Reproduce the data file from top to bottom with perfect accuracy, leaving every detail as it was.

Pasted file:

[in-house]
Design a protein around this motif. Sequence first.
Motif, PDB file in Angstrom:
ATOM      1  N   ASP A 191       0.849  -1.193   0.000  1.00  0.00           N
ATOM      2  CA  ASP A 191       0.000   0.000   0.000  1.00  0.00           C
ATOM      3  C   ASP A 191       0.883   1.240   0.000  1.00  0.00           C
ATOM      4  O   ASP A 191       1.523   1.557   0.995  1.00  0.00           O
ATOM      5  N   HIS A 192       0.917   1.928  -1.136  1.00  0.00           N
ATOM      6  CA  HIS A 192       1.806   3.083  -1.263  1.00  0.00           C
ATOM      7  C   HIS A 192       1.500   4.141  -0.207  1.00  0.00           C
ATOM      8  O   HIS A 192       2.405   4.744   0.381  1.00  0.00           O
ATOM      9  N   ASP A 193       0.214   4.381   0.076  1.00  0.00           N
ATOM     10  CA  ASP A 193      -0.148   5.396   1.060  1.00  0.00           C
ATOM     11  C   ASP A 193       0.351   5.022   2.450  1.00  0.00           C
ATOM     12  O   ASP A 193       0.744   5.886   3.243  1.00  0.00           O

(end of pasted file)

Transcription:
[in-house]
Design a protein around this motif. Sequence first.
Motif, PDB file in Angstrom:
ATOM      1  N   ASP A 191       0.849  -1.193   0.000  1.00  0.00           N
ATOM      2  CA  ASP A 191       0.000   0.000   0.000  1.00  0.00           C
ATOM      3  C   ASP A 191       0.883   1.240   0.000  1.00  0.00           C
ATOM      4  O   ASP A 191       1.523   1.557   0.995  1.00  0.00           O
ATOM      5  N   HIS A 192       0.917   1.928  -1.136  1.00  0.00           N
ATOM      6  CA  HIS A 192       1.806   3.083  -1.263  1.00  0.00           C
ATOM      7  C   HIS A 192       1.500   4.141  -0.207  1.00  0.00           C
ATOM      8  O   HIS A 192       2.405   4.744   0.381  1.00  0.00           O
ATOM      9  N   ASP A 193       0.214   4.381   0.076  1.00  0.00           N
ATOM     10  CA  ASP A 193      -0.148   5.396   1.060  1.00  0.00           C
ATOM     11  C   ASP A 193       0.351   5.022   2.450  1.00  0.00           C
ATOM     12  O   ASP A 193       0.744   5.886   3.243  1.00  0.00           O